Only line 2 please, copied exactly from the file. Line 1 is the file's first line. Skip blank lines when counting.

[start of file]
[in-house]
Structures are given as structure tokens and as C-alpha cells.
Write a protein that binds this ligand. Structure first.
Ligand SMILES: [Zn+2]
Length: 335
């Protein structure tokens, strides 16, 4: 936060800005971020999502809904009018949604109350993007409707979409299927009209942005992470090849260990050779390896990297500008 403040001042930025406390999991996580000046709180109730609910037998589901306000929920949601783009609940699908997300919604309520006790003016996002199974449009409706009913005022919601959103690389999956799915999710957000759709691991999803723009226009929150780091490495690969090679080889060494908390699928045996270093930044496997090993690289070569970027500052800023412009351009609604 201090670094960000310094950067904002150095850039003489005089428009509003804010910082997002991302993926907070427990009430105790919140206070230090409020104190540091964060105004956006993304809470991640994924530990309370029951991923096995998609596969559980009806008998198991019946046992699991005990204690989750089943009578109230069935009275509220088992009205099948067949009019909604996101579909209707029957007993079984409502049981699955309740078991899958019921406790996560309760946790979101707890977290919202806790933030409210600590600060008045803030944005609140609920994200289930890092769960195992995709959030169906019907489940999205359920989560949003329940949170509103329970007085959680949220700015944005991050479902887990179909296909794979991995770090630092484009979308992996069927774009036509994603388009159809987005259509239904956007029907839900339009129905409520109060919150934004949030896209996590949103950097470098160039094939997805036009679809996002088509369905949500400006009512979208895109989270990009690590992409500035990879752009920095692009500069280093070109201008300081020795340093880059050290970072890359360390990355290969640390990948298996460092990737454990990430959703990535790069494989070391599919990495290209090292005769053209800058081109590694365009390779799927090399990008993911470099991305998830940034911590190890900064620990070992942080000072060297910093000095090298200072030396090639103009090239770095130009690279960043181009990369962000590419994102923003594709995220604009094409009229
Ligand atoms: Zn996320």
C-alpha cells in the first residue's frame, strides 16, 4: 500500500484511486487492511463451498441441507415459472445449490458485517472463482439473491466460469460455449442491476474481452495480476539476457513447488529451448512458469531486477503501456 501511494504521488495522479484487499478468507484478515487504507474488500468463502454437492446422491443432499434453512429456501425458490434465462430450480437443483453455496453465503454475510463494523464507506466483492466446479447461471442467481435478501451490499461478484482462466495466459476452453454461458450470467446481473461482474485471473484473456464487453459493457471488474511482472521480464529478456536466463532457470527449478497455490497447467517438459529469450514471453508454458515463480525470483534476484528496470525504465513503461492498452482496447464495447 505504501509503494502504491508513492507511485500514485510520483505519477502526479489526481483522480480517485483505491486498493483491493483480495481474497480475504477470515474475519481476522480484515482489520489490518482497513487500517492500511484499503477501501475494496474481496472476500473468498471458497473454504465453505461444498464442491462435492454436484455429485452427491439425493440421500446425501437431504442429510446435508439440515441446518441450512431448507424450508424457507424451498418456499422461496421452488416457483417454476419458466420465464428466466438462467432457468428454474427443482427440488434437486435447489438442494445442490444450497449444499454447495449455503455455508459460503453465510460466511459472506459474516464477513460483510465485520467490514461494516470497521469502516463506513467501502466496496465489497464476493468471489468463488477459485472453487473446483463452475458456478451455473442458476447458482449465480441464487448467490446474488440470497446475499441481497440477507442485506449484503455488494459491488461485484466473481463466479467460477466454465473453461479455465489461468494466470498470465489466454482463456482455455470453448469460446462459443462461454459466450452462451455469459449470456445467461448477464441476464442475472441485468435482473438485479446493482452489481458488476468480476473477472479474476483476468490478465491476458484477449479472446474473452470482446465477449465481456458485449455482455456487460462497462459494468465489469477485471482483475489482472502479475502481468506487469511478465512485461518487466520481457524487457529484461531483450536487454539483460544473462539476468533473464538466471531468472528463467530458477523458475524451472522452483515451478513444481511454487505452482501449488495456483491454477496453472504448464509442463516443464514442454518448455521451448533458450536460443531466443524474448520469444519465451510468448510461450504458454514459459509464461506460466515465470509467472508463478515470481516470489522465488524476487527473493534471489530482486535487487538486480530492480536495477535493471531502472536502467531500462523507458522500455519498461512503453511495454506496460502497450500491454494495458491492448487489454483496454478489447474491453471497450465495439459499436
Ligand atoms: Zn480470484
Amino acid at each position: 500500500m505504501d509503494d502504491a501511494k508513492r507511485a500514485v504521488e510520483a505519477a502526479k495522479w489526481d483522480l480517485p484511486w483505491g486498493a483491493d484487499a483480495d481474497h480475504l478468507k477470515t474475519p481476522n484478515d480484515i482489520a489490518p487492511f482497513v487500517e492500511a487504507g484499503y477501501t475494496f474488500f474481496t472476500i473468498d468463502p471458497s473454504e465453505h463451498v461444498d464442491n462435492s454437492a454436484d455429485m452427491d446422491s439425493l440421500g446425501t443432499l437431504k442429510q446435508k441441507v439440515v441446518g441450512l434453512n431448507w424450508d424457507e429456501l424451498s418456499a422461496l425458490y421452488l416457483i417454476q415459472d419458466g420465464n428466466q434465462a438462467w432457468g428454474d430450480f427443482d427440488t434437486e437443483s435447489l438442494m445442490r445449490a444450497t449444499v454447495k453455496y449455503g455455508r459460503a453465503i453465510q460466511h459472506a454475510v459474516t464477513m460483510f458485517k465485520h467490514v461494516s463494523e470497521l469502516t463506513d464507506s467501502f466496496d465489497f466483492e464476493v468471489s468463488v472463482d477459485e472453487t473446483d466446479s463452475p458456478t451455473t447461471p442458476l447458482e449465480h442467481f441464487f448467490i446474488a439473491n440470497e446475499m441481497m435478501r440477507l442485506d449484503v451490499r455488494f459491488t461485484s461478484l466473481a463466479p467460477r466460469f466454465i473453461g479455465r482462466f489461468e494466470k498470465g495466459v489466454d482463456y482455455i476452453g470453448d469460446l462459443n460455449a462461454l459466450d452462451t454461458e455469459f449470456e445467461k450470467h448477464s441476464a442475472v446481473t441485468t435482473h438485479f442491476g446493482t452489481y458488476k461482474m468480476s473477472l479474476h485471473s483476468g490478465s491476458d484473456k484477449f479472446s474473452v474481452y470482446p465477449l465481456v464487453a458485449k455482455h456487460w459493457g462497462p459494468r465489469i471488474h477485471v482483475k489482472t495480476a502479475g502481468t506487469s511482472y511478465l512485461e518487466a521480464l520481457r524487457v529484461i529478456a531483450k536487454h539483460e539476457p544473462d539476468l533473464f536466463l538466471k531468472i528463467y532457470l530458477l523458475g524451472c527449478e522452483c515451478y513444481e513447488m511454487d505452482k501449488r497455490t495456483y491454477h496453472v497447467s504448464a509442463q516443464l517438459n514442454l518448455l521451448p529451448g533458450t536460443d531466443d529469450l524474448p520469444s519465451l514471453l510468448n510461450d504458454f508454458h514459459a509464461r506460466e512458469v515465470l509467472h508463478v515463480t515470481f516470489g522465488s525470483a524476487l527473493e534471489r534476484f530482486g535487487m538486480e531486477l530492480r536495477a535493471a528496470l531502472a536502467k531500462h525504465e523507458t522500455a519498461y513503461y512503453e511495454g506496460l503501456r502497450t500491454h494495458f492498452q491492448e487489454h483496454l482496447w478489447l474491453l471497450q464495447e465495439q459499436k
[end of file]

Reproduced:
Structures are given as structure tokens and as C-alpha cells.